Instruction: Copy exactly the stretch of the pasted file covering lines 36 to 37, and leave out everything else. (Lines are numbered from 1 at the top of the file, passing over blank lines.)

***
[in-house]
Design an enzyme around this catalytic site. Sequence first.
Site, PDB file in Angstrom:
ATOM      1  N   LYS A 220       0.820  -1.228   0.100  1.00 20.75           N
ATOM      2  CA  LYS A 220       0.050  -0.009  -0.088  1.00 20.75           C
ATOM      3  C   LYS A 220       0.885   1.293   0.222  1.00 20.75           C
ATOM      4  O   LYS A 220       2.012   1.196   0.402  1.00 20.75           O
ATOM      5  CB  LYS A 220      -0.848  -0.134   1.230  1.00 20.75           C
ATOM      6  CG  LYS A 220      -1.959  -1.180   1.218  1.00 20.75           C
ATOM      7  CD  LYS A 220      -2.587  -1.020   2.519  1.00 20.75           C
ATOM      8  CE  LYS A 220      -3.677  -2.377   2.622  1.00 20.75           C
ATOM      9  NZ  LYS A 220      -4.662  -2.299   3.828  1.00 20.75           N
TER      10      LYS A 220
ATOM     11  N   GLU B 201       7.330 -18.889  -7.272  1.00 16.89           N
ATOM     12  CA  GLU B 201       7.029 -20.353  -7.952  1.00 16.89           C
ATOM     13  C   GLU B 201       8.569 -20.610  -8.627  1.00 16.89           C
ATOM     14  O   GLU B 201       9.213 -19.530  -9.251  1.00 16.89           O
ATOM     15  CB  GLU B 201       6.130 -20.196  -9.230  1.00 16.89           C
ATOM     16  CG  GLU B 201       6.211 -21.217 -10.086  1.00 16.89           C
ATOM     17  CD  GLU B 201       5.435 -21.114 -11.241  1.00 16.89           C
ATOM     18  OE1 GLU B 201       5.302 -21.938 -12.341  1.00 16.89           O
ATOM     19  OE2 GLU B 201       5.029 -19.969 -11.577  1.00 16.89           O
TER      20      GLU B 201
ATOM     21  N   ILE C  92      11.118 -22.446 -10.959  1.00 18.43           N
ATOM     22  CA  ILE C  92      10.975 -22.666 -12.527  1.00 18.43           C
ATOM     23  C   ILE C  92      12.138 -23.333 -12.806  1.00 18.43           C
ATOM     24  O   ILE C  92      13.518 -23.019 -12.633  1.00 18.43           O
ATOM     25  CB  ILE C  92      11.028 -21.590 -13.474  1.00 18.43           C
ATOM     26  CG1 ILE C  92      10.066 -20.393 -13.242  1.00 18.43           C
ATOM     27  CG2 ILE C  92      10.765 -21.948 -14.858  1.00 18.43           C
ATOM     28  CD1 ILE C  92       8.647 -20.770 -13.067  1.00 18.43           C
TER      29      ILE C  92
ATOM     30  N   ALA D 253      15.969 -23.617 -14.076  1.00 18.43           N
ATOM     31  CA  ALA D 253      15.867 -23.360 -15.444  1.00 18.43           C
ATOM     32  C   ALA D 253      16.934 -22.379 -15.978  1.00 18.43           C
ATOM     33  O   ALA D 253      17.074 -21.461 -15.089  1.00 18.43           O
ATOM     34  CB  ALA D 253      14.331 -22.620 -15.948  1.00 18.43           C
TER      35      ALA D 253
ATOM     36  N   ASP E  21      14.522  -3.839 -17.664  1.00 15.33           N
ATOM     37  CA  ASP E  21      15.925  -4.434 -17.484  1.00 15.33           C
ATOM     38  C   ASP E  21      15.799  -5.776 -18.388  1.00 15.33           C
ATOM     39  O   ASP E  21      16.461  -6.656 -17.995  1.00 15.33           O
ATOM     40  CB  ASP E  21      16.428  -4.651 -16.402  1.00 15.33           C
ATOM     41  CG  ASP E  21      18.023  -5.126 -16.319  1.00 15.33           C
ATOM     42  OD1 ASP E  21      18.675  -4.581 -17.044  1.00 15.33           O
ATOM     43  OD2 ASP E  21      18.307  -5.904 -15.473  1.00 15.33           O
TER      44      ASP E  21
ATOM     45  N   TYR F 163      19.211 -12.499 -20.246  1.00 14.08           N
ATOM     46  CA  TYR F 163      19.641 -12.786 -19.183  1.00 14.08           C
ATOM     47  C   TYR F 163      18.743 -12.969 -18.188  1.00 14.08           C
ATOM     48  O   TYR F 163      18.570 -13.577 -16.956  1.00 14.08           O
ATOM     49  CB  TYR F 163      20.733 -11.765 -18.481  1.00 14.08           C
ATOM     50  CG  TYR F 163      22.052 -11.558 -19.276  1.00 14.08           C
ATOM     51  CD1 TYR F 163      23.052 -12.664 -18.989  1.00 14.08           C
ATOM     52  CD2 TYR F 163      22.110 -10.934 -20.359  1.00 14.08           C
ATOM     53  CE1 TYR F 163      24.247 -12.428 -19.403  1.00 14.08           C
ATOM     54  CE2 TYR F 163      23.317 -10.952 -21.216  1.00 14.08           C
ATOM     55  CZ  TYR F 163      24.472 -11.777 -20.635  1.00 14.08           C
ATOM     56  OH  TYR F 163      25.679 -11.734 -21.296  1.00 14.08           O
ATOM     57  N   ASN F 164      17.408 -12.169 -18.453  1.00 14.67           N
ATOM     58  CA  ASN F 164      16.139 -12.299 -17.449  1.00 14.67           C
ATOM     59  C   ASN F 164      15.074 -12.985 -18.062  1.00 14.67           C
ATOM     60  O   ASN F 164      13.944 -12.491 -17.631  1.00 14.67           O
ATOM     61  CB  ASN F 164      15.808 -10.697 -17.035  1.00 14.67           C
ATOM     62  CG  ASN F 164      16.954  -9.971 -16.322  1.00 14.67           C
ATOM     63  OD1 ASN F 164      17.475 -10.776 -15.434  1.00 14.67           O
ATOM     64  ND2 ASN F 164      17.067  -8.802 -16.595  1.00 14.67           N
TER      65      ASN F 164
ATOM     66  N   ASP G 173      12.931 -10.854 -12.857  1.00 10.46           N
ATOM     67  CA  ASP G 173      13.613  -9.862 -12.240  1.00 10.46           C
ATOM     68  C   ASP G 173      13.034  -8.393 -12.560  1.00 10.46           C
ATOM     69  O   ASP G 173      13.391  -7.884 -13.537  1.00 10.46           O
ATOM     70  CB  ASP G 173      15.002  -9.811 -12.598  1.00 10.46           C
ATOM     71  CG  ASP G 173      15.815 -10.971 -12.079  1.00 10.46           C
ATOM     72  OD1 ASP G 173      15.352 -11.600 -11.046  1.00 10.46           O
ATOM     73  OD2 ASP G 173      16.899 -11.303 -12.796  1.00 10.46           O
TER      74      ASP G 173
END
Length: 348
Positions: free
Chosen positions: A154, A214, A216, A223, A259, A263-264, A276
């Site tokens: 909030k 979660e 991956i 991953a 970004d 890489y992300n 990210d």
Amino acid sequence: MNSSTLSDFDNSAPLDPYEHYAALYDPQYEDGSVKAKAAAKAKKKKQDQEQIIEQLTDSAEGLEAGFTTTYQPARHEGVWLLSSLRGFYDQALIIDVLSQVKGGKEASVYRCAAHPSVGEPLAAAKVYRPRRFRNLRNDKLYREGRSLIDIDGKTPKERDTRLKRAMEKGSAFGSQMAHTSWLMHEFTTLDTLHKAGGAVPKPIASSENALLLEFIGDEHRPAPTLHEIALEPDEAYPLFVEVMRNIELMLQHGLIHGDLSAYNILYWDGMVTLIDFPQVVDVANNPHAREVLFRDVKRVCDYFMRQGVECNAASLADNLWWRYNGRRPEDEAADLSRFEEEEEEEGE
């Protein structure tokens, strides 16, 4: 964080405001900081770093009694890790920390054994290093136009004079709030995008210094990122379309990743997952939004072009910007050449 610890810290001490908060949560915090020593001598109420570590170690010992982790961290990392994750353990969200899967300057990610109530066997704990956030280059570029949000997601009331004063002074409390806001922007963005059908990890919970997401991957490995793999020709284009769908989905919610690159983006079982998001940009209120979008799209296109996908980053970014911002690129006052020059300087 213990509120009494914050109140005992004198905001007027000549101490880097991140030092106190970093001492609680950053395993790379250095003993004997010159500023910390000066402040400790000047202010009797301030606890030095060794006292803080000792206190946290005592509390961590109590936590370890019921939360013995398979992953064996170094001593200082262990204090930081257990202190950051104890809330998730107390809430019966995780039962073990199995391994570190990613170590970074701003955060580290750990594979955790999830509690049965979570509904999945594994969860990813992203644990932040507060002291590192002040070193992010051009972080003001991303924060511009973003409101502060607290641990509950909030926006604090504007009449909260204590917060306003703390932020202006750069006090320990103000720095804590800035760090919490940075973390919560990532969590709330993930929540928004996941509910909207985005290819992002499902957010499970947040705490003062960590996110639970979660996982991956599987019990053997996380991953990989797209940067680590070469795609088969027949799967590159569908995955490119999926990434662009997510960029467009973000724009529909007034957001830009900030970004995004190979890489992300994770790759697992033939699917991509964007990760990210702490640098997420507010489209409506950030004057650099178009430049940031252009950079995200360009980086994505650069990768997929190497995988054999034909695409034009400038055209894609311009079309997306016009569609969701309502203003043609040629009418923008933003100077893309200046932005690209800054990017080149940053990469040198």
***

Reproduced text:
ATOM     33  O   ALA D 253      17.074 -21.461 -15.089  1.00 18.43           O
ATOM     34  CB  ALA D 253      14.331 -22.620 -15.948  1.00 18.43           C